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Is the Tesla Model 3 Actually Going To Cost $50,000?

macpacheco Re:Maybe 40k (393 comments)

Fast Sodium / LFTR Molten Salt reactors promise both high temps (Fast Sodium around 550C, Molten Salt 700-800C), plus promise at least 50% utilization of mined uranium for Fast Sodium or 98% utilization of Thorium for LFTR, current nuclear reactors use 0,6-0,9% of mined uranium. By increasing utilization of mined uranium / opening Thorium as a high efficiency fuel, the "Uranium shortage argument dies, even without increasing reserves, since we already have enough spent nuclear fuel / depleted uranium to power civilization for a thousand years with 90% efficiency uranium utilization. Compared to this, the argument that high temp reactors could increase efficiency from current 34% for newest water cooled reactors up to 50% is peanuts, but of course, welcomed.

about two weeks ago
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Is the Tesla Model 3 Actually Going To Cost $50,000?

macpacheco Re:Still pretty affordable (393 comments)

What 100 mile range ? The 85kWh has 265mile range, the 60kWh has 160 mile range. Of course if you want to drive 75mph with AC/heat on, range is reduced, but you can drive slower when you're range critical and drive faster between superchargers / to/from home.
100 mile is LEAF range.

about two weeks ago
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Is the Tesla Model 3 Actually Going To Cost $50,000?

macpacheco Re:Still pretty affordable (393 comments)

There is no escape. We once needed every hand available to work in factories. Now factories need less than 1% the people needed to produce similar goods 100 years ago. We can keep inventing more complex goods, but in a decade automation will do it with few people.
We can also keep inventing more weird things for the services sector to do.
Plus with jobs going to China and other low labor cost countries, deindustrialization will destroy capitalism as we know it today.
Unless you are for a world where 50% unemployment is the norm, govt subsidies will only grow.
I wish we could do it with less govt, but savage capitalism is far worse than european style capitalism+social programs.
Weird thing is even my Brazil (a developing country) experienced significant deindustrialization after the rise of China. It's screwing up everybody that isn't paying peanuts to labor.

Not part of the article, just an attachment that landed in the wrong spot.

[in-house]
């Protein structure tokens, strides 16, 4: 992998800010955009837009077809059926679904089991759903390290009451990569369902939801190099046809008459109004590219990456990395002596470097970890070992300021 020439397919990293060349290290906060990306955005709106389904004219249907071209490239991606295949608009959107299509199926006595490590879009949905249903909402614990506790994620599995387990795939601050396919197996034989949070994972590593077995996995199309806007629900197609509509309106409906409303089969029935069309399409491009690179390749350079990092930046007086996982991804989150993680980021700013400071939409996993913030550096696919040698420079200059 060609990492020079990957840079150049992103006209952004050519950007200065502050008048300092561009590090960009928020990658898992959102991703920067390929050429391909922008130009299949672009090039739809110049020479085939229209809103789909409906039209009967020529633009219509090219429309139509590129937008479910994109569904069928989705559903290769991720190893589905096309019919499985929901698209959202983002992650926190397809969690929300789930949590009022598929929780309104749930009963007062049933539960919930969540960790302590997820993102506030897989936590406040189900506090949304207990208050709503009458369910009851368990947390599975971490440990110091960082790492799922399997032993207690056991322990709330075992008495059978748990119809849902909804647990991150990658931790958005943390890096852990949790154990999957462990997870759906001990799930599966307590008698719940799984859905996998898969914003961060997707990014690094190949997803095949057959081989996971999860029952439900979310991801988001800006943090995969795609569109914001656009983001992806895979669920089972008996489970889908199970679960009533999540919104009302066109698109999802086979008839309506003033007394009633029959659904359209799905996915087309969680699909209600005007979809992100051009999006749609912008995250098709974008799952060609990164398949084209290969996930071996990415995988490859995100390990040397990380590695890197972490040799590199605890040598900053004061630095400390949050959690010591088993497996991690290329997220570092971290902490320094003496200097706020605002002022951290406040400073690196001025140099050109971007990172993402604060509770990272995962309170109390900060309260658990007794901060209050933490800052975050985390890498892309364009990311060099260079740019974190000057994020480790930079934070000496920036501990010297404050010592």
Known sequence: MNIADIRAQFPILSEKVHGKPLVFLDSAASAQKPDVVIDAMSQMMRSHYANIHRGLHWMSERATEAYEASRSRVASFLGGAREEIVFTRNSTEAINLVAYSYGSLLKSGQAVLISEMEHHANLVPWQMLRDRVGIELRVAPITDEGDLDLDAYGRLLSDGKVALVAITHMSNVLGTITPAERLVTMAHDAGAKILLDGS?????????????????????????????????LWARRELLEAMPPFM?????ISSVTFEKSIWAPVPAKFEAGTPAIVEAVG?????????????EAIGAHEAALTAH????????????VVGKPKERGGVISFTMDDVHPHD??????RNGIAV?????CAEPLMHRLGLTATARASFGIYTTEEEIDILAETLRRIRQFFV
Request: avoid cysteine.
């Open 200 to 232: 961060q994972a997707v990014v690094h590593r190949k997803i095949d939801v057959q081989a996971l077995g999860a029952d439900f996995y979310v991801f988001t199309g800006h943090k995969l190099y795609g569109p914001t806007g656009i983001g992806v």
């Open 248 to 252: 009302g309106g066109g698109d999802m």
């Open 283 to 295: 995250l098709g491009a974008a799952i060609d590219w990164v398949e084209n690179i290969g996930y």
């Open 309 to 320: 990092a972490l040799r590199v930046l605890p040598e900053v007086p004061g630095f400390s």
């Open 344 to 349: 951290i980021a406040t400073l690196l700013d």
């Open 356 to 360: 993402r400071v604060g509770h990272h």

The real problem is NIMBY barriers to new business investment. Completely unrelated to subsidies policies.
People are too stupid, you get a little rich then you reject wind turbines, nuclear power stations, factories, high voltage electricity powerlines, and before you know it, your area is stuck on a deindustrialization route. Think about it.

about two weeks ago
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Is the Tesla Model 3 Actually Going To Cost $50,000?

macpacheco Re:Still pretty affordable (393 comments)

Are you considering that in 2 years the supercharger network will be fully realized and unless you need to drive into Mexico or into Canada wilderness, you will have free electrons for long range driving. 110 superchargers operational in the USA, with another 22 in construction + licensing process plus over another 100 planned for the next 2 years. Superchargers have been popping up quickly. Tesla isn't making TX a priority due to anti Tesla sales hostility, but they will invest on the supercharger coverage in TX, even if mostly for out of state visitors. Right now there are just 5 TX superchargers, but plans for 2015 are 16 superchargers.
Plus the trend is for having EV charging in every hotel in the long run, it's extra revenue for hotel operators are a modest investment (for a high amp 220V outlet with a meter).

about two weeks ago
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Is the Tesla Model 3 Actually Going To Cost $50,000?

macpacheco Re:Still pretty affordable (393 comments)

EPA estimated one gallon of gasoline contains 33.7kWh.
CA June 2014 average kWh price = 17 cents
33.7kWh of electricity * .17 = US$ 5.729 for one gallon of gasoline electricity equivalent